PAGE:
Last week, Houston was lucky enough to experience a very unusual (and very brief) day of snow! I was so excited to share this with my daughter and let her see, touch, and even taste the snow (due to the amount of face plants she had). She has seen snowmen in all of the books we read, but letting her see it in person was so much fun!
The other day I was walking through Target and spotted a can of “instant snow”. I figured it was worth a try and I am so happy I did! I will say, there are several posts on Pinterest about how to make homemade snow that we will have to try eventually. The reality is that we just didn’t have the time!
FOLLOWING DIRECTIONS WITH NEW VOCABULARY
Before we started, I took my daughter into the kitchen and told her what we needed. When introducing new vocabulary (like “measuring spoon”), I make sure to not only tell her the word but to also show her where to find it. I opened the drawers and said “We need the yellow measuring spoon”. She obviously is not old enough to understand 1/4 tsp vs 1 tbsp so using “colors” was an easier way for her to hear words she knew and understood. Then I told her we needed water and asked where we could find it. Finally, we grabbed a plastic box and headed to the table.
This was a great activity because it only involved 3 steps.
1) 1 “spoonful” of powder.
2) 1 cup of water.
It is definitely “instant snow” because it started to fluff up instantly! She loved the immediate reaction and wanted to touch. We talked about how it wasn’t as cold as the “real” snow and that this was “pretend” snow. She also loved how “soft” and “wet” it felt in her hands!
Prepositions are words that describe a location, such as “in”, “on”, “under”, “in front” etc. First, toddlers learn to understand these words before being able to use them on their own.
Prepositions are crucial for children to learn because they will not only help expand their sentence length, but teach them to answer “where” questions. Think about how many times you ask your child “Where is your jacket?” or “Put that on the table”? Learning prepositions also will enable your child to retell stories or explain events in greater detail.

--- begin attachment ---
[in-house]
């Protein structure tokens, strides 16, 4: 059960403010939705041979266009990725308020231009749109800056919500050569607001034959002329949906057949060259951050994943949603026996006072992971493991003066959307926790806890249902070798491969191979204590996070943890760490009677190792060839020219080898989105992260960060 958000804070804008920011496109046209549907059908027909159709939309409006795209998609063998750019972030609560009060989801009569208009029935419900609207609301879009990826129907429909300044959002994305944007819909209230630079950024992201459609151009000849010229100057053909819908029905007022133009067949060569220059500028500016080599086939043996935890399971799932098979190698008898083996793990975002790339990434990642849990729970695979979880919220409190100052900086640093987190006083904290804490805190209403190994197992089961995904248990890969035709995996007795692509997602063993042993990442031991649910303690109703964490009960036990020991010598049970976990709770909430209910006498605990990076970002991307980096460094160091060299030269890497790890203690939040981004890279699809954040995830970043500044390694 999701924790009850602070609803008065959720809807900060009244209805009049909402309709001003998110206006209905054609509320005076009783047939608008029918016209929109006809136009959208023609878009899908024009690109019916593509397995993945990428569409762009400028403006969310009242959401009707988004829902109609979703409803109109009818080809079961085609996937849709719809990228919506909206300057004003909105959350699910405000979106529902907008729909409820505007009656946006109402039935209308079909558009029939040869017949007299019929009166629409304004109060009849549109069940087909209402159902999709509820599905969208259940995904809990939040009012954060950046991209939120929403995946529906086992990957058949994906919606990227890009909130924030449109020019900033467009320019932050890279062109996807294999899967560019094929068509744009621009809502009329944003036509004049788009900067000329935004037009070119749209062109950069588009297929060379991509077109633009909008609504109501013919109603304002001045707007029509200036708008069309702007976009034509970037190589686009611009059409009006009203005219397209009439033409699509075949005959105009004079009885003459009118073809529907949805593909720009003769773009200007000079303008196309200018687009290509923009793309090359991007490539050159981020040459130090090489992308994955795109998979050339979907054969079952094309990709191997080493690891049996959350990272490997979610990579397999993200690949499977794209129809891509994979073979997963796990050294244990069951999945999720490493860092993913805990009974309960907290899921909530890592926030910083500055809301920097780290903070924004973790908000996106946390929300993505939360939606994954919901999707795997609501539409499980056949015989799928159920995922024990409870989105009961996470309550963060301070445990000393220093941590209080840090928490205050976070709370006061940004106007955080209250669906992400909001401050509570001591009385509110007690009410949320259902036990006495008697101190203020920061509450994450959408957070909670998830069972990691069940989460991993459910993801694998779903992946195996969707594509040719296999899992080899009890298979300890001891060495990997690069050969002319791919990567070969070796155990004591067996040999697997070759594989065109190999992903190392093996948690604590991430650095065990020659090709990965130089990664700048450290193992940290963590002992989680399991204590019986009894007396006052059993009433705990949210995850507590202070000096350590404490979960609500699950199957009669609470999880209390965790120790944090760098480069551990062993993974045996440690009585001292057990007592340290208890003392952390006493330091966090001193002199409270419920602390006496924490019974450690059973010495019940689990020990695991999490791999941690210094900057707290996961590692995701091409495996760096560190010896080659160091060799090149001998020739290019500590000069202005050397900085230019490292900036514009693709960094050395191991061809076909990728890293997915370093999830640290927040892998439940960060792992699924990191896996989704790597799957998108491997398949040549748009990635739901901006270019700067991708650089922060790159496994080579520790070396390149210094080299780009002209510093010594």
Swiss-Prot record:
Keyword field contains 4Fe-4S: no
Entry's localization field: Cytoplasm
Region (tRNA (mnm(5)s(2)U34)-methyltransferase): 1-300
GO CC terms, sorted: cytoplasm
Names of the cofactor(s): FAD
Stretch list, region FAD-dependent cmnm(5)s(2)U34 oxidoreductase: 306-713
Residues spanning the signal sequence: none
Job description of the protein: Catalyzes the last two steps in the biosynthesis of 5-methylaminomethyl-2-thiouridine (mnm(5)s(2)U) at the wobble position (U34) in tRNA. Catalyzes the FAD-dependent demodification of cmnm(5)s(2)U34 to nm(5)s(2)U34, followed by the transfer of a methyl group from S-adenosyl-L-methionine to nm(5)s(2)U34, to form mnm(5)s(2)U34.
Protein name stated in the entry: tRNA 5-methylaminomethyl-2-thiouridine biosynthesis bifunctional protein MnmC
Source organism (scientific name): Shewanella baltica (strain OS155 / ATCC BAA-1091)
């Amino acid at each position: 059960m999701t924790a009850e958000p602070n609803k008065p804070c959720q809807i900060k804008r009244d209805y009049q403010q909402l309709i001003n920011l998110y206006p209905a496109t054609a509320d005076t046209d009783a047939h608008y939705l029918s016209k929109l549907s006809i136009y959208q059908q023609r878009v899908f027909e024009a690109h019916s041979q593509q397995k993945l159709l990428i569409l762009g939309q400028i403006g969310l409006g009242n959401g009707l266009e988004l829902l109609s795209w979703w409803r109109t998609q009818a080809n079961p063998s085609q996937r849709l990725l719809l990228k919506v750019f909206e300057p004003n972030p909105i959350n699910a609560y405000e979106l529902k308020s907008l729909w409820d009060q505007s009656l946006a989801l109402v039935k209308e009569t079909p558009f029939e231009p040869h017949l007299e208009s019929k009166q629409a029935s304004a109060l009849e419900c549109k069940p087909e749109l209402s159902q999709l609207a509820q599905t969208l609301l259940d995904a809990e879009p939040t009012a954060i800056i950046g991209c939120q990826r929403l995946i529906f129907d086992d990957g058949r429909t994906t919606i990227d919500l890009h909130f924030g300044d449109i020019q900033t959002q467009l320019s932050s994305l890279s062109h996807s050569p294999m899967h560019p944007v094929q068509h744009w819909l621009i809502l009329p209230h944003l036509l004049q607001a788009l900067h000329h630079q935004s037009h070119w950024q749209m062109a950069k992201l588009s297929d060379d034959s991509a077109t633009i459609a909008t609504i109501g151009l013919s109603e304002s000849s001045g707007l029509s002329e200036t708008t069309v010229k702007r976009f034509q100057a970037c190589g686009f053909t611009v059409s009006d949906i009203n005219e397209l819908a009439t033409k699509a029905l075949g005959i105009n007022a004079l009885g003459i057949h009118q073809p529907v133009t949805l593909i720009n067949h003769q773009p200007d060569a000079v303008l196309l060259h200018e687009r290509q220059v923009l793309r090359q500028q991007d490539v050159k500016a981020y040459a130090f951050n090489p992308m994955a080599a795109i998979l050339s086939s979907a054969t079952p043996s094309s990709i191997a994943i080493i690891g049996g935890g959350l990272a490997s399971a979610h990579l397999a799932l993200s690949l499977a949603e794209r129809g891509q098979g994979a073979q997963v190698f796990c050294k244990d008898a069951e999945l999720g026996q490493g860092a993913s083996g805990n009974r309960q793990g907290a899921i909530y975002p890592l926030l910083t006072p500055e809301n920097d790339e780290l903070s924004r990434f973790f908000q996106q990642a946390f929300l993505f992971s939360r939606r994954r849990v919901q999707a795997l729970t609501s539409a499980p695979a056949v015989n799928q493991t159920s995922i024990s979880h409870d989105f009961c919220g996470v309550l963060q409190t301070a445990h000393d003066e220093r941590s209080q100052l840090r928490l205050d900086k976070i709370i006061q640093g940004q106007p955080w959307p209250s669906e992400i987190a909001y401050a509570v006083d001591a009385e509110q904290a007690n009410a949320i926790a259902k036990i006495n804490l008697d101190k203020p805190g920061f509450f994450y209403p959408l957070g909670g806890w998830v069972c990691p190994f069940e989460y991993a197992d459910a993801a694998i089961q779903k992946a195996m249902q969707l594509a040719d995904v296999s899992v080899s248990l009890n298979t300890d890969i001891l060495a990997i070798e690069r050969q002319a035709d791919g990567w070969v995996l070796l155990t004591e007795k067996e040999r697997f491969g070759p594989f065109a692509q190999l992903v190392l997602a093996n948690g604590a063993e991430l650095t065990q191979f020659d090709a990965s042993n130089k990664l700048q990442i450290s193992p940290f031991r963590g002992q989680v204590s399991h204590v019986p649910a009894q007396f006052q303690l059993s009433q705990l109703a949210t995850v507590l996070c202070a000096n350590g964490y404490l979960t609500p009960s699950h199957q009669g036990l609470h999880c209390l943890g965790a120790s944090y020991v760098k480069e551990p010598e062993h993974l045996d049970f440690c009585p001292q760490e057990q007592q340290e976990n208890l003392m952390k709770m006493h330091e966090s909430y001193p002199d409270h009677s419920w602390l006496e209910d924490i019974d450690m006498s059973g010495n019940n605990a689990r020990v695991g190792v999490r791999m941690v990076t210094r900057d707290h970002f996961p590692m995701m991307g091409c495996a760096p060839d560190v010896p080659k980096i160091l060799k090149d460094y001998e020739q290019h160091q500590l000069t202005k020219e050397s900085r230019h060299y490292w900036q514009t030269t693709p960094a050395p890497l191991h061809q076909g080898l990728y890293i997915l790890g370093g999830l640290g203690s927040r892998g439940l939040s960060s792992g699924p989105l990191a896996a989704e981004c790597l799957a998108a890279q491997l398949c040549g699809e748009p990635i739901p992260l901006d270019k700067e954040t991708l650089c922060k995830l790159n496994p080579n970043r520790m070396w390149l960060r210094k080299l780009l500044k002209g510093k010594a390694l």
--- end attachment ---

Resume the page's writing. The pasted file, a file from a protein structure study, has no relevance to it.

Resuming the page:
Here is a general list of prepositions that range in order of difficulty:
in front of
on top of
at the bottom of
A wonderful way to work on prepositions is through PLAY! So we grabbed our favorite crew (Elsa, Belle, Poppy, and some dinosaurs) and acted out several scenes!
Here are some suggested ways to use the toys while working on prepositions in the snow:
1. Put ALL of the toys IN the box.
2. Take two toys OUT of the box.
3. Have a toy dance ON the edge of the box.
4. Have the toy jump OFF the edge of the box.
5. Bury a toy UNDER the snow.
6. Stand the toys up in a row. Talk about who is BEHIND the toy and who is IN FRONT OF the toy.
7. Pour snow ON TOP OF the toy.
8. Bury a toy and talk about how it is at the BOTTOM OF the box.
Another fun suggestion is to use smaller items (such as mini erasers) and have your child dig for them. They can word on fine motor skills by using tweezers or a spoon.
Sort by similarities: all of the Santas together, all of the snowmen together, etc.
Use as a counting activity and count how many they can find.
Use as a color identification activity and talk about the colors of each item found.
If you are at Target I would definitely recommend picking up some of the instant snow! If you are not able to find it, I have found some similar items and provided their affiliate links below for you! (Affiliate links may result in a small compensation at no additional expense!)
Don’t forget to pin the image below for future reference!
If you are looking for other fun crafts during the holiday season check out my other post! I share ways to increase speech and language skills while making a Christmas Ornament!